In the current brief report, we examined threat perception in a group of young children who may be at-risk for anxiety due to extreme temperamental shyness. Results demonstrate specific differences in the processing of social threats: 4- to 7-year-olds in the high-shy group demonstrated a greater bias for social threats (angry faces) than did a comparison group of low-shy children. This pattern did not hold for non-social threats like snakes: Both groups showed an equal bias for the detection of snakes over frogs. The results suggest that children who are tempermentally shy have a heightened sensitivity to social signs of threat early in development. These findings have implications for understanding mechanisms of early threat sensitivity that may predict later socioemotional maladjustment.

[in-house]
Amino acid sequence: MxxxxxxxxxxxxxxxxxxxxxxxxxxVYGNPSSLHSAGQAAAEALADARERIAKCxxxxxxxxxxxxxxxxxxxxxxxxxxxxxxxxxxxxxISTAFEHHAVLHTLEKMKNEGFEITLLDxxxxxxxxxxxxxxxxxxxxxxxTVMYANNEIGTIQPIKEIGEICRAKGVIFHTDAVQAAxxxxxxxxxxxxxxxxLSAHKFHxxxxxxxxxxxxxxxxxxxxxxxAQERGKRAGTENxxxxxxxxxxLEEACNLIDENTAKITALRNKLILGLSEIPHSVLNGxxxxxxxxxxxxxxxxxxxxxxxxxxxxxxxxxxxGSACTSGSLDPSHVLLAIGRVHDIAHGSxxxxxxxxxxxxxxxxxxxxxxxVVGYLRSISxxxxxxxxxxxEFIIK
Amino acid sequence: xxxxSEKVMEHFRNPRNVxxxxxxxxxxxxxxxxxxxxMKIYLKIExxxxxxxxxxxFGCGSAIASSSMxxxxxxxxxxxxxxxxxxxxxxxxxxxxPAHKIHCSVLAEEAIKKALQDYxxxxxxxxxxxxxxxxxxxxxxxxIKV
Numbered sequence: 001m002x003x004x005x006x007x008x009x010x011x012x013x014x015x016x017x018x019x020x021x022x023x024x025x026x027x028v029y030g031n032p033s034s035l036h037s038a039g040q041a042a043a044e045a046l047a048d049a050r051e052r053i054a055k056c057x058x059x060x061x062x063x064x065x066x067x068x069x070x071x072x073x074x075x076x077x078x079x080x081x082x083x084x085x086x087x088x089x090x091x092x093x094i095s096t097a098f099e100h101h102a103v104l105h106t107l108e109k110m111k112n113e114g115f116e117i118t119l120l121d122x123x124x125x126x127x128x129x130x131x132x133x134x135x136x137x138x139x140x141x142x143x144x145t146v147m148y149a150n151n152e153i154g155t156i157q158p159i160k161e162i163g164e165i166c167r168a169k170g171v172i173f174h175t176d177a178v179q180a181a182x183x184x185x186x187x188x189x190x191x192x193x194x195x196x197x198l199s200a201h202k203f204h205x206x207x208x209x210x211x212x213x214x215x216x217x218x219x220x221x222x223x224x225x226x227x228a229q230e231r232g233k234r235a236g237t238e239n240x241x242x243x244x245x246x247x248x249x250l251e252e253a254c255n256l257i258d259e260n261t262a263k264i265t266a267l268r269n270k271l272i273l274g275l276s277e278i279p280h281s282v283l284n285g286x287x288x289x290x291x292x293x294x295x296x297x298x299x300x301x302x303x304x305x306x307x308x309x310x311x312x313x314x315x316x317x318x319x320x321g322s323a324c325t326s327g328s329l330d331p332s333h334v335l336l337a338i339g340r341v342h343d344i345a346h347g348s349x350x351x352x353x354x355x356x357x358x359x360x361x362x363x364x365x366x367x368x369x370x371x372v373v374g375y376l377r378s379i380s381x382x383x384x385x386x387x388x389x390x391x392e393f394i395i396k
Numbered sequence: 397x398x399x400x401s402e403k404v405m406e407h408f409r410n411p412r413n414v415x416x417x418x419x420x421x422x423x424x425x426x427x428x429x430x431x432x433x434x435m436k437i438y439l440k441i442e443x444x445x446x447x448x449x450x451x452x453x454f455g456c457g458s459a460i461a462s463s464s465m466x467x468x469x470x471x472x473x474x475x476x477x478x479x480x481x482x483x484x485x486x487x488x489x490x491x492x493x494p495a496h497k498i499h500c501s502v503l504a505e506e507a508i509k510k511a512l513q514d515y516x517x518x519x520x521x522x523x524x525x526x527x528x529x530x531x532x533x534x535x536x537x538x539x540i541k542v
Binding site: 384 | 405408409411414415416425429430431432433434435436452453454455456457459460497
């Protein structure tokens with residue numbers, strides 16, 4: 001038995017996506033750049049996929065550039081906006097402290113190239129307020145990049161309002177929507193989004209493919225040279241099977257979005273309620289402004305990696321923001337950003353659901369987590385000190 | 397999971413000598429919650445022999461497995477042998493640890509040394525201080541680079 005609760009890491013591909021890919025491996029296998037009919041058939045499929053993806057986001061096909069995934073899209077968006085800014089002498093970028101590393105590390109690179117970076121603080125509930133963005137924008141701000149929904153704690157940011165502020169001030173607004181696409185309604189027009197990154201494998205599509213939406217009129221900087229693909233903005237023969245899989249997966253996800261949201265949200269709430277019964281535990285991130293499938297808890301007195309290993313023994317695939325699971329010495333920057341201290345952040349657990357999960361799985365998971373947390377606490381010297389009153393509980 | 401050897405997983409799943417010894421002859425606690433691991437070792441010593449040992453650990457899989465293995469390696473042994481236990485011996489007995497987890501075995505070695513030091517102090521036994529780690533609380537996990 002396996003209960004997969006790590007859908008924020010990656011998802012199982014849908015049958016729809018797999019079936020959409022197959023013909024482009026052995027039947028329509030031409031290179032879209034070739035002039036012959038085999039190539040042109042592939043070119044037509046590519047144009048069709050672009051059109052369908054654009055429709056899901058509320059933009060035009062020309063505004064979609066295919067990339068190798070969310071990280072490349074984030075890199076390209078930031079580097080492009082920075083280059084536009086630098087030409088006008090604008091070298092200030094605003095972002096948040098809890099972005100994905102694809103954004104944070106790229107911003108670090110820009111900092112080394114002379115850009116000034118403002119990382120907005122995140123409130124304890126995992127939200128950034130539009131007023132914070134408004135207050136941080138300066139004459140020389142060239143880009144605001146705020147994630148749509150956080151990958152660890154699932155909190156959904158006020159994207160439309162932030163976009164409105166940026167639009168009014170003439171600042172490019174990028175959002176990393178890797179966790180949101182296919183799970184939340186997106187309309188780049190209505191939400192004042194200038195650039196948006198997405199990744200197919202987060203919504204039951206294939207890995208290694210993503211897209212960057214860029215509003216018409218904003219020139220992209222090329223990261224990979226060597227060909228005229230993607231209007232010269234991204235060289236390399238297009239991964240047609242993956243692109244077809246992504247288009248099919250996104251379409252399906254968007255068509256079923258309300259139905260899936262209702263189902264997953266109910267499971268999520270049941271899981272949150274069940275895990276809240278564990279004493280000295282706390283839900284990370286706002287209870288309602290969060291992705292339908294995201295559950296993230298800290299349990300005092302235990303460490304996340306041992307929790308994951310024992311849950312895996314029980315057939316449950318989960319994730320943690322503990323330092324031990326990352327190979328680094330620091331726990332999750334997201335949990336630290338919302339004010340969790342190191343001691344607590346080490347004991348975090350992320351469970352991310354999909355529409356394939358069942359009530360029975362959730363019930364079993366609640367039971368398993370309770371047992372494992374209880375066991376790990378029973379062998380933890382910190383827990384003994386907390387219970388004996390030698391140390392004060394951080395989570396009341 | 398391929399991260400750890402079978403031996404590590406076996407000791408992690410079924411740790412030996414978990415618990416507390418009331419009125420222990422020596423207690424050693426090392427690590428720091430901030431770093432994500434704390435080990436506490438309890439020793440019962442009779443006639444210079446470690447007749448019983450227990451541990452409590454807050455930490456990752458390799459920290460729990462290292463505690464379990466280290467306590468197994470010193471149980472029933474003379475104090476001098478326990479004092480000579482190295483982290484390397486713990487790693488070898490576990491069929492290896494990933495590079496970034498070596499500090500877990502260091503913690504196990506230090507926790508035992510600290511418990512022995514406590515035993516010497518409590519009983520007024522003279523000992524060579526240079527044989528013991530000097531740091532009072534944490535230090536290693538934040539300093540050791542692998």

|Original language||English (US)|
|Number of pages||9|
|State||Published - Mar 2014|
All Science Journal Classification (ASJC) codes
- Developmental and Educational Psychology
- Cognitive Neuroscience